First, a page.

Laytonsville lies beyond Sandy Spring’s indefinite boundaries, but the two enjoy strong ties of land and kinship. The town lies on the vast estate once owned by Quaker pioneer James Brooke but was never “Quaker country.” From early days, however, Laytonsville’s Anglicans and Methodists attended Sandy Spring social events, maintained business relationships, joined Sandy Spring farmers’ clubs and other organizations, and intermarried.
When John Layton built his brick farmhouse around 1785, his farm occupied the land of today’s town, and the nearest commercial center lay a mile to the east. There a tavern, store, tailor shop, and St. Bartholomew’s Episcopal Church made up short-lived Cracklin Town. Surrounding Layton were other farmers with other familiar names – Gaither, Griffith, Riggs, Dorsey, Penn, Warfield.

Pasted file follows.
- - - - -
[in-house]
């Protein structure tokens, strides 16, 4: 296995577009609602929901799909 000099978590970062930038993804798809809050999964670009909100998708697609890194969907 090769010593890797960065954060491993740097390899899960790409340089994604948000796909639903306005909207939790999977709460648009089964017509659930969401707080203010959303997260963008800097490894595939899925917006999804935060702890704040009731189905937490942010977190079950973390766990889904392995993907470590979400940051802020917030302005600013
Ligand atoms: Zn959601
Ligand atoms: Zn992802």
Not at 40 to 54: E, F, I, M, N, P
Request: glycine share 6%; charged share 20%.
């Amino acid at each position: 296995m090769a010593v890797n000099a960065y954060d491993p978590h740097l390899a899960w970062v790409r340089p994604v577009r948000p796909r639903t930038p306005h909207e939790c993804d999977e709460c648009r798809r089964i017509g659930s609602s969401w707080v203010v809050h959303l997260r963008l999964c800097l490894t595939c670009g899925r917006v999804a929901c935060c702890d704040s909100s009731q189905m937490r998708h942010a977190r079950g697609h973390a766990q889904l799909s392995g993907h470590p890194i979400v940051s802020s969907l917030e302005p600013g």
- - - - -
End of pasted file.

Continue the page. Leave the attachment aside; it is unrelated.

“In the 1840s the town began to take shape,” wrote lawyer/historian James C. Christopher. “Stores, business establishments and homes came into being. Laytonsville was a post office in 1861…A Methodist Church was established in 1867.” Today Laytonsville stands with Brookeville as an oasis of charm and preservation.
Mt. Zion prospered as a black community after the Civil War, when Stabler-family owners of surrounding farms gave land to emancipated blacks.